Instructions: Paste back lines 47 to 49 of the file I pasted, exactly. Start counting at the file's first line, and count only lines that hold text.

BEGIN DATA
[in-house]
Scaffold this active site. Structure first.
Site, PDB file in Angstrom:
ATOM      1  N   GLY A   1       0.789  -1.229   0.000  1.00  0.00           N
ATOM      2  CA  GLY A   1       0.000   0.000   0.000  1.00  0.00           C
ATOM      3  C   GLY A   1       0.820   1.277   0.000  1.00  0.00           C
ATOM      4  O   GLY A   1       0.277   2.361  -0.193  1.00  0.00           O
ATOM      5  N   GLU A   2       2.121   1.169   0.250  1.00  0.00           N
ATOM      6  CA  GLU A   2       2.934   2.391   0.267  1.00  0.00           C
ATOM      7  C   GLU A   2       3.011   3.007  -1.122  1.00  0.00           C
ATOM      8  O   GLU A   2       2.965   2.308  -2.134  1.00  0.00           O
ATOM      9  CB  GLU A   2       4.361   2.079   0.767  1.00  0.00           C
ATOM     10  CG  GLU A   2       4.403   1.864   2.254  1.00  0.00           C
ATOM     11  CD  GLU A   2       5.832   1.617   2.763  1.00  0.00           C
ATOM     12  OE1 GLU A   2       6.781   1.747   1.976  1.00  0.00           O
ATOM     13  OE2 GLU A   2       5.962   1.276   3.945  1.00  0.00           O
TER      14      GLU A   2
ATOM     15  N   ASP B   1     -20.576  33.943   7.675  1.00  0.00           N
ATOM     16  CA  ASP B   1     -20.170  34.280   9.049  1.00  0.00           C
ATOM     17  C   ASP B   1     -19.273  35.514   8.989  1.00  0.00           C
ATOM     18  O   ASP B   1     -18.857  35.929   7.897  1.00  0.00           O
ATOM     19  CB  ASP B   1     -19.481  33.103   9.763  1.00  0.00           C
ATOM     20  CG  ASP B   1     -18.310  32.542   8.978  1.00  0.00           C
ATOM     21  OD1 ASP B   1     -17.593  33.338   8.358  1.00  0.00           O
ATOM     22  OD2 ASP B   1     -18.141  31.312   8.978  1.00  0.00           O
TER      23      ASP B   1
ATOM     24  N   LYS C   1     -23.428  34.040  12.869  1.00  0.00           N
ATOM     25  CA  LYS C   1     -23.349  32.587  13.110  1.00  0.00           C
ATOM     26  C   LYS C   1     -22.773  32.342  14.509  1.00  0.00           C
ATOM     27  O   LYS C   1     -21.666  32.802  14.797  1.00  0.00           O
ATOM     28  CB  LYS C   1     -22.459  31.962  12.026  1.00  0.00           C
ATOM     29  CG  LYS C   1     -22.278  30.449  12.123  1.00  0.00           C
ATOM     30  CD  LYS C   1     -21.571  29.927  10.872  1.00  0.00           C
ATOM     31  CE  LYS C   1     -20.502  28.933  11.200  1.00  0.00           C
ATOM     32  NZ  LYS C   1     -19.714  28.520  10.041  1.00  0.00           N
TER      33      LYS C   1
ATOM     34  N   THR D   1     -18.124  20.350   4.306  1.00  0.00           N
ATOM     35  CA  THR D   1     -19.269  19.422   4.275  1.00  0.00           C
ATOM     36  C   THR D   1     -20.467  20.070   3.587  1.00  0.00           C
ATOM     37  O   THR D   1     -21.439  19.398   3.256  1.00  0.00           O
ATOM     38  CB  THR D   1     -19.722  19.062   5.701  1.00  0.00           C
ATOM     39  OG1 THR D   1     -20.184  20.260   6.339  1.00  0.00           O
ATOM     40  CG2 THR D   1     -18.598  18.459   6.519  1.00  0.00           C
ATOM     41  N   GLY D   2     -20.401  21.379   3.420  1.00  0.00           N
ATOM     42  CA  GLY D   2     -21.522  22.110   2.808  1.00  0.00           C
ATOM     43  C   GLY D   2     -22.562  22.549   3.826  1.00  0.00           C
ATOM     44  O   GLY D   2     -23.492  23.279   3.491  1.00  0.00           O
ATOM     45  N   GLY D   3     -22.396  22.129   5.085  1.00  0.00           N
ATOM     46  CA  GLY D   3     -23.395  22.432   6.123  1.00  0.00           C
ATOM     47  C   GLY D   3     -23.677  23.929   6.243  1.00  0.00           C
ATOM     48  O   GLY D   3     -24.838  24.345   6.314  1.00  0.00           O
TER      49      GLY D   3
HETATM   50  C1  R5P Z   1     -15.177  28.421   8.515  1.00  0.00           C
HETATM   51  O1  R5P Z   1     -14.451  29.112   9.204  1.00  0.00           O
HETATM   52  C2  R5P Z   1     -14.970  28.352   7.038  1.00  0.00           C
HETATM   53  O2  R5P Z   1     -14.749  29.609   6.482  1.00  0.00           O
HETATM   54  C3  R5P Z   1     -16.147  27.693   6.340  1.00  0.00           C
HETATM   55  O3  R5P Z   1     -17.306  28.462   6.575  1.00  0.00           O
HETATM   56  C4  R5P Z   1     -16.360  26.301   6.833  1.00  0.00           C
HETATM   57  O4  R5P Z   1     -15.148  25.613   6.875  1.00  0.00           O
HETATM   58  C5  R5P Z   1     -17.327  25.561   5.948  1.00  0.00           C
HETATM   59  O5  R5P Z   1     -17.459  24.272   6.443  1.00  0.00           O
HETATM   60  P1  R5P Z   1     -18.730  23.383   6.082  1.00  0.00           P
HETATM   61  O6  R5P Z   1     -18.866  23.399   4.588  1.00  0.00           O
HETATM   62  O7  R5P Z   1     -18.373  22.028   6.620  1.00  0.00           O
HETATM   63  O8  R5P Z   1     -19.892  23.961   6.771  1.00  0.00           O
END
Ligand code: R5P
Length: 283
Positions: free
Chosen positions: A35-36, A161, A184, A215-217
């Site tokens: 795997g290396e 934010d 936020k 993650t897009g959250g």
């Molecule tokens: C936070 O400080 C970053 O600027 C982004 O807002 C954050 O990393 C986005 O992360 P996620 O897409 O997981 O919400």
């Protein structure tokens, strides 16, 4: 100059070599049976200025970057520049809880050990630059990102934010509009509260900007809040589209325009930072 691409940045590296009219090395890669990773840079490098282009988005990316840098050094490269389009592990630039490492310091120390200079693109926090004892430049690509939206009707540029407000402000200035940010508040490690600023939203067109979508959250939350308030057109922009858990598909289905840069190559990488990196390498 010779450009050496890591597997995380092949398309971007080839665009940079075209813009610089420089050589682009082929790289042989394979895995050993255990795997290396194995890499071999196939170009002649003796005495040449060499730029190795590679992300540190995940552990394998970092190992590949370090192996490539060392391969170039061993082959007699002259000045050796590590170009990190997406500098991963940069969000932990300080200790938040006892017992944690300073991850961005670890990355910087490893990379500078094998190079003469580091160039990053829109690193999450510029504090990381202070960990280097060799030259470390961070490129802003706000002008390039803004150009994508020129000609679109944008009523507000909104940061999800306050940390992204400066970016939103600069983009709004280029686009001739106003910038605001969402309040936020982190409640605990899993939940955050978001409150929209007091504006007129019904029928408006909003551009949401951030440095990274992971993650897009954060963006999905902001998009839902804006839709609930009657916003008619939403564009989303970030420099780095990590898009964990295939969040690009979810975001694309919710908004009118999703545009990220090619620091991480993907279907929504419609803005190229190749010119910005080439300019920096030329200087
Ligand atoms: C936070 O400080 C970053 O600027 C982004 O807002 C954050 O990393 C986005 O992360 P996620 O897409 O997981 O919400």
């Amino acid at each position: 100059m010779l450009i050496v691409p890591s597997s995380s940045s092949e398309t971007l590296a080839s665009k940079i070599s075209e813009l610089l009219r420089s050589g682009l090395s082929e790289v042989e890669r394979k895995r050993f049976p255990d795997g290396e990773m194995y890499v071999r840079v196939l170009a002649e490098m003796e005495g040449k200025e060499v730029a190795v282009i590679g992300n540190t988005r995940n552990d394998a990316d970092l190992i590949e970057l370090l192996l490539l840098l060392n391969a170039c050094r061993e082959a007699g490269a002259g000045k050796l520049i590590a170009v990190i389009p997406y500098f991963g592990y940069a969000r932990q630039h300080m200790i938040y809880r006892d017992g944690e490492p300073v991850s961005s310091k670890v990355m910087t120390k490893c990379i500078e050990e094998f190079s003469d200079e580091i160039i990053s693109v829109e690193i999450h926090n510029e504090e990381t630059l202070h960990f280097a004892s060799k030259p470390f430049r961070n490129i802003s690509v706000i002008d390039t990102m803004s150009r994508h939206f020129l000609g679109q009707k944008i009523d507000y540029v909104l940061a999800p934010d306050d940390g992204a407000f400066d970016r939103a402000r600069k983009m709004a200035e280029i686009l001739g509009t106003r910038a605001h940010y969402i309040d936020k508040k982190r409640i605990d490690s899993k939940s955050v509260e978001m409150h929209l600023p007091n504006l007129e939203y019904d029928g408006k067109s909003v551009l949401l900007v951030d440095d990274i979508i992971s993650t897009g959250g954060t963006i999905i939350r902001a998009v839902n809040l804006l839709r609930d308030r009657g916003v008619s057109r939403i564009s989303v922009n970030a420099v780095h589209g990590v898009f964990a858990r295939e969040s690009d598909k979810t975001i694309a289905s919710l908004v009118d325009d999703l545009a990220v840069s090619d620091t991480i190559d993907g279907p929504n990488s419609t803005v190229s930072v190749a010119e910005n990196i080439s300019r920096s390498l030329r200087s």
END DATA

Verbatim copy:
ATOM     44  O   GLY D   2     -23.492  23.279   3.491  1.00  0.00           O
ATOM     45  N   GLY D   3     -22.396  22.129   5.085  1.00  0.00           N
ATOM     46  CA  GLY D   3     -23.395  22.432   6.123  1.00  0.00           C